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1539 Eleventh Ave. Helena, MT 59601
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Technical Notes

The Dam Safety Technical Notes are guidance manuals provided by the Montana Dam Safety Program to help engineers in their evaluation of high hazard dams throughout Montana. The methods found within these technical notes are accepted by the Montana Dam Safety Program and are common in engineering practice.

Technical Note 1 - Analysis of Spillway Capacity in Montana  *REVISED January 2019

Technical Note 1 (TN1) provides guidance to engineers engaged in the analysis and design of spillways for Montana high hazard dams. TN1 is intended for analyses related to high hazard dams regulated by the Montana Dam Safety Program, but the guidance provided can be used on other dams.

Technical Note 1 - References and Additional Information

Technical Note 2 - Loss of Life Determination for Spillway Capacity Analysis *REVISED January 2019

Montana spillway standards are risk based. As the potential for loss of life downstream of a dam increases, the spillway standard increases. Technical Note 2 (TN2) is provided to assist and guide engineers in estimating the potential loss of life downstream of Montana high hazard dams.

Technical Note 3
- Simplified Evacuation Mapping

Evacuation maps are a necessary component of emergency action plans. Technical Note 3 (TN3) describes Montana’s simplified cost effective procedures for developing evacuation maps.

Technical Note 4 - Chimney Filter/Drain Design and Construction Consideration

Technical Note 4 (TN4) is intended provide practical guidance on the design and construction of chimney filter and drainage features for embankment dams, particularly small embankment dams.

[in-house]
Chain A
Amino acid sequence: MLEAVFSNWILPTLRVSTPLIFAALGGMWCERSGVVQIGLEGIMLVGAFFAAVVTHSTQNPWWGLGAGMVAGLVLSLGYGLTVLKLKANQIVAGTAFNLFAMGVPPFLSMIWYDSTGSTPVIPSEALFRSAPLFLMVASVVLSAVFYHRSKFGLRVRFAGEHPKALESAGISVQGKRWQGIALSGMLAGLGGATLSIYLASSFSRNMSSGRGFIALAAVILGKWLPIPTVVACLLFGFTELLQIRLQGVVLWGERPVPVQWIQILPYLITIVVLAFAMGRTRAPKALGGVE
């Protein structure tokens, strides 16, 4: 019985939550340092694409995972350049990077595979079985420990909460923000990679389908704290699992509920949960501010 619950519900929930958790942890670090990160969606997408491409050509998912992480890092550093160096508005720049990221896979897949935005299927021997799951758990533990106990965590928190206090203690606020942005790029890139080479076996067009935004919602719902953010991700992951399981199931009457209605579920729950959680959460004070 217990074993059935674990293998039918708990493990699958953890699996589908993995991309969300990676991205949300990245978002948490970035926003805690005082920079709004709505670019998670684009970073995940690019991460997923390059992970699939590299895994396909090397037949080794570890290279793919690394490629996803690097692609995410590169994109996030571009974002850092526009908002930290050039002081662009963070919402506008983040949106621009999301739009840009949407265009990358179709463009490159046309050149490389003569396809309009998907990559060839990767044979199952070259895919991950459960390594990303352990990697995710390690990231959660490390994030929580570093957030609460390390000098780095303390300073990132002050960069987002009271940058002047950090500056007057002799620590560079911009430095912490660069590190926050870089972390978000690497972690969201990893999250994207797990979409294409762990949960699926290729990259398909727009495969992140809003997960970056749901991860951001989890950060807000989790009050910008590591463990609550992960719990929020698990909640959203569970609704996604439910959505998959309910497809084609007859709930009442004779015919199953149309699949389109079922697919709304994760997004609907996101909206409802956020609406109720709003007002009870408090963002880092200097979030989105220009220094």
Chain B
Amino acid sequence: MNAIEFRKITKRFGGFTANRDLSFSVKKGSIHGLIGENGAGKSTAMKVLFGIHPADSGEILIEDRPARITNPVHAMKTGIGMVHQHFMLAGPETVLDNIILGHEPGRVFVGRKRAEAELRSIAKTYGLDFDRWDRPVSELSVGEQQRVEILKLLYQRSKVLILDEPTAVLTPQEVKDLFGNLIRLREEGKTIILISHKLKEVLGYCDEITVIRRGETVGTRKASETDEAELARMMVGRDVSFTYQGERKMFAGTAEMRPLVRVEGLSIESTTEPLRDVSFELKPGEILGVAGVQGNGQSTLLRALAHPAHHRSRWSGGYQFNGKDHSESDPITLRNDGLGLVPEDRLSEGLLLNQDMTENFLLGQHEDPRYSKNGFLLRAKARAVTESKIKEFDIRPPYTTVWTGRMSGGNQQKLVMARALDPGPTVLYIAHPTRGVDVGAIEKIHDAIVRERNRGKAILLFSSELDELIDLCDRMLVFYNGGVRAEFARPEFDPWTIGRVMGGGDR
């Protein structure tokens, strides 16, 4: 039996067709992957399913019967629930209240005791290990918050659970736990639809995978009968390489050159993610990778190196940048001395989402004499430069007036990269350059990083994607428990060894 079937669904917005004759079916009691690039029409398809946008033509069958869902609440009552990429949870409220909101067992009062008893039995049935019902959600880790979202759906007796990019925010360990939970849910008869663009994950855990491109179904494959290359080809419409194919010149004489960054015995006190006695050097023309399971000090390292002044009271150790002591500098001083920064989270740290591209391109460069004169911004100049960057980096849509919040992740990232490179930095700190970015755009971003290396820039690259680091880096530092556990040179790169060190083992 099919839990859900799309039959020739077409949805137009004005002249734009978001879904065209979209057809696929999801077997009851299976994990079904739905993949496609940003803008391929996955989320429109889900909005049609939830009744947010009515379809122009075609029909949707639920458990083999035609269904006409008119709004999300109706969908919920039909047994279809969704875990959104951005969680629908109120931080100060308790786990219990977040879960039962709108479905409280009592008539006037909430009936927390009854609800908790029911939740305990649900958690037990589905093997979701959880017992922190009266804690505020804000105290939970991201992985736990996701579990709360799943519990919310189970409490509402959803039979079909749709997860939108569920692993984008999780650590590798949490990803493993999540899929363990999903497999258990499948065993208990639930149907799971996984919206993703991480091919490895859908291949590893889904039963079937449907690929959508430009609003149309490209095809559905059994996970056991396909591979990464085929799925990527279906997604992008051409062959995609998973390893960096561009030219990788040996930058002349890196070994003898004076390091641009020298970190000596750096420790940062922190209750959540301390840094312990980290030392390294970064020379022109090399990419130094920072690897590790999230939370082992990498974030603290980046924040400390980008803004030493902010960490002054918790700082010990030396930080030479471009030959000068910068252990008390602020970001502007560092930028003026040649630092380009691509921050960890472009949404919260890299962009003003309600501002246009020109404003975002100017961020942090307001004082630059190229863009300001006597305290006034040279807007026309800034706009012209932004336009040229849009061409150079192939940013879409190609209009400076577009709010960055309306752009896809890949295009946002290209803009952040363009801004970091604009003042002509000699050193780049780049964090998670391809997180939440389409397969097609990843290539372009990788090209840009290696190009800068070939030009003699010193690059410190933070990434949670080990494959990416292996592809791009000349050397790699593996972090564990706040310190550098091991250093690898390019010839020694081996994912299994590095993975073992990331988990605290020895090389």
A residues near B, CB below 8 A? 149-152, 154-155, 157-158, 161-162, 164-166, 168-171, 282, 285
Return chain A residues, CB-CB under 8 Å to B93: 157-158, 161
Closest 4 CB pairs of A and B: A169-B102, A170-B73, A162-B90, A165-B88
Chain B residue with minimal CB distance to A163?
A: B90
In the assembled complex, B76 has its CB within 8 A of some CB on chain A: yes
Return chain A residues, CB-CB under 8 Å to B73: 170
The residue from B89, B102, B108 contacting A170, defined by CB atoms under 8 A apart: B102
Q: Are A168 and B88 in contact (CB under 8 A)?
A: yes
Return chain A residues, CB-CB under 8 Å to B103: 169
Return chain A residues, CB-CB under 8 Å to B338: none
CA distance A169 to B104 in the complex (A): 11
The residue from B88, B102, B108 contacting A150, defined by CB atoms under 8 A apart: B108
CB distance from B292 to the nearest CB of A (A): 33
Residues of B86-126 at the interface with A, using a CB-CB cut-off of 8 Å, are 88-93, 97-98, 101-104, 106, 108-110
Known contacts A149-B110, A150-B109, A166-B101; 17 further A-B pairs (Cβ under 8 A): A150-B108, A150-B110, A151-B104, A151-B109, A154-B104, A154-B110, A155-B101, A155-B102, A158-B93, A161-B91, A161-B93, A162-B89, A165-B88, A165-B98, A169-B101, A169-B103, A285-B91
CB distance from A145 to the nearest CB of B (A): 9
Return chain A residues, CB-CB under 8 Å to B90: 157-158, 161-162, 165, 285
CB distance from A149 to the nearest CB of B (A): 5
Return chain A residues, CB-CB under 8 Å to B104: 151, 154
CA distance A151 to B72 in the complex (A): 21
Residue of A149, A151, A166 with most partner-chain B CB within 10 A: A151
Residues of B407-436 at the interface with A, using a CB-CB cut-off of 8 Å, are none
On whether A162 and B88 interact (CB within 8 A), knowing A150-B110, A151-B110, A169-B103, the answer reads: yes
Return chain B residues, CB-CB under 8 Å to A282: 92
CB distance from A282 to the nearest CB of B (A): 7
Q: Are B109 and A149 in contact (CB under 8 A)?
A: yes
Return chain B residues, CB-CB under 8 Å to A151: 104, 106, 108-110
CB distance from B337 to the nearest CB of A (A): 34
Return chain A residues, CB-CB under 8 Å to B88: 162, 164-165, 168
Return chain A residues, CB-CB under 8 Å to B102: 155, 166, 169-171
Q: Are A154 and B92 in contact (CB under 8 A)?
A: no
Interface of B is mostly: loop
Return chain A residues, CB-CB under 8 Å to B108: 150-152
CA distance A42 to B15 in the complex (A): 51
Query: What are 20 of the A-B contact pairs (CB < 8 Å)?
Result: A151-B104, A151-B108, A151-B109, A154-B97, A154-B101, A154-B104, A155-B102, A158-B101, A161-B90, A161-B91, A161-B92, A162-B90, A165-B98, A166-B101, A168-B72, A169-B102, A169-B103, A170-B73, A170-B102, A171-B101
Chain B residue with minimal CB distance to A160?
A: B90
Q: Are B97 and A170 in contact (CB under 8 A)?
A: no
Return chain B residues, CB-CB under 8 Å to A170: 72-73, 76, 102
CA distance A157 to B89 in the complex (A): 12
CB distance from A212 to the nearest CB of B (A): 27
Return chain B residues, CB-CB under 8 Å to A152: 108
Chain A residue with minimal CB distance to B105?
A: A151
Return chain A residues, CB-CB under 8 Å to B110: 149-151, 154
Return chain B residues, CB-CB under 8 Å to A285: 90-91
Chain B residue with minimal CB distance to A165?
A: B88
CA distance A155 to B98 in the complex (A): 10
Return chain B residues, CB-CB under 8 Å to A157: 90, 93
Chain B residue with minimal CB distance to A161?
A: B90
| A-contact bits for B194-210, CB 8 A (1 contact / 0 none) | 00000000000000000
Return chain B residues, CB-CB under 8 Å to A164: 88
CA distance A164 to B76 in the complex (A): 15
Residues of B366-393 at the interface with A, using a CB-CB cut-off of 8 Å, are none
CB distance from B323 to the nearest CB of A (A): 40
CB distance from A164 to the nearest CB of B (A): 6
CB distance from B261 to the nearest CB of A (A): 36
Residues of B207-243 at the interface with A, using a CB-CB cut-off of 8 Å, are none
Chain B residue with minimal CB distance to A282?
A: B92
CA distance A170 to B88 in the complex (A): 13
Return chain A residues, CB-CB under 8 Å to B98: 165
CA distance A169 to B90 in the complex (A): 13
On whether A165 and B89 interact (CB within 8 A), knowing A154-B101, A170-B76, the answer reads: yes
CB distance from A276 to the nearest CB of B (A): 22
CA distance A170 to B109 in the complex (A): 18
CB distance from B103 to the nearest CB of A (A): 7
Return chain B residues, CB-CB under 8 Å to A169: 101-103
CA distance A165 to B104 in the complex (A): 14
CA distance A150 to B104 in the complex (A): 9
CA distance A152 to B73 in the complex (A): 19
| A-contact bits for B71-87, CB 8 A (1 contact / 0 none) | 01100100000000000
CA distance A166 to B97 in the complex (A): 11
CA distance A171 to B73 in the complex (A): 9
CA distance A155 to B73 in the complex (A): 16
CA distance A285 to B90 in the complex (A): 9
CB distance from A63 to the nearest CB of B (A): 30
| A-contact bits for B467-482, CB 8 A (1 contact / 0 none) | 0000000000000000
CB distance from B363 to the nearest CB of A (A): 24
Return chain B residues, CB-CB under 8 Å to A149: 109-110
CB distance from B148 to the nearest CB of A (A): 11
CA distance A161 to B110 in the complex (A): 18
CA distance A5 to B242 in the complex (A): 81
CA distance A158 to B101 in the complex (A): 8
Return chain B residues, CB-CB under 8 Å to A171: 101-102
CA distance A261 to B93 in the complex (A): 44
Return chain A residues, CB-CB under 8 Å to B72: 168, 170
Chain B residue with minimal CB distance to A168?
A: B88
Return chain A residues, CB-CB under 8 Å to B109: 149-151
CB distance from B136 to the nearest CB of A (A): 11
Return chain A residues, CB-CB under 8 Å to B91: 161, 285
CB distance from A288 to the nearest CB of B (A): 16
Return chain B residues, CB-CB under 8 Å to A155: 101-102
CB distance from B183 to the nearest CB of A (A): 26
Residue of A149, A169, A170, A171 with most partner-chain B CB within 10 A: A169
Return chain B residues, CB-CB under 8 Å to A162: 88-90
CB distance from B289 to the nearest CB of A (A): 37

Technical Note 5 - Simplified Seismic Analysis Procedures for Montana Dams UPDATED 2020!

Technical Note 5 provides an updated step-by-step procedure for evaluating embankment dams for seismic stability.  Methods for determining liquefaction potential and estimating soil strengths are included.

Technical Note 6 - Downstream Hazard Classification Procedures for Montana Dams

Technical Note 6 documents methods and procedures used by the Montana Dam Safety program to conduct a downstream hazard determination.

Technical Note 7 - Guidelines for conducting a Potential Failure Mode Analysis for Montana Dams

Failure Mode Analysis is a useful tool for comprehensively looking at a dam. Results from a Failure Mode analysis can be used to direct future monitoring and identify repair priorities. A Failure Mode Analysis is not another engineering study….the dam owner/dam tender play a big role. Technical Note 7 describes how to conduct a cost effective simplified Failure Mode Analysis. Read how a Failure Mode Analysis can benefit you!

Technical Note 8 - Specifications Requirements for Dams

Technical Note 8 (TN8) is provided to assist and guide engineers in preparing construction specifications for Montana high hazard dams.

Technical Note 9 - Guidelines for Use of Pumps and Siphons for Reservoir Drawdown

Technical Note 9 (TN9) provides information to determine the best method to employ for reservoir drawdown. Both pumps and siphons effectively remove water from reservoirs and can provide the necessary increased capacity in emergency situations. Each site and event has unique circumstances which will determine the method best suited. This guidebook outlines a process using basic hydraulic and logistical considerations for determining the best method for reservoir drawdown. Part of this process includes outlining important factors to be used in decision making. Key topics for both pumps and siphons are explored in detail.

Association of State Dam Safety Officials Resource Database
ASDSO's Dam Safety Resource Database contains more than 12,000 entries that reference dam safety publications. These entries cover a wide variety of dam safety topics including technical and non-technical areas, history, best practices, regulations, news,and more. The entries also represent a variety of sources including federal and state departments, professional societies, research groups, industry news outlets, international organizations, and universities.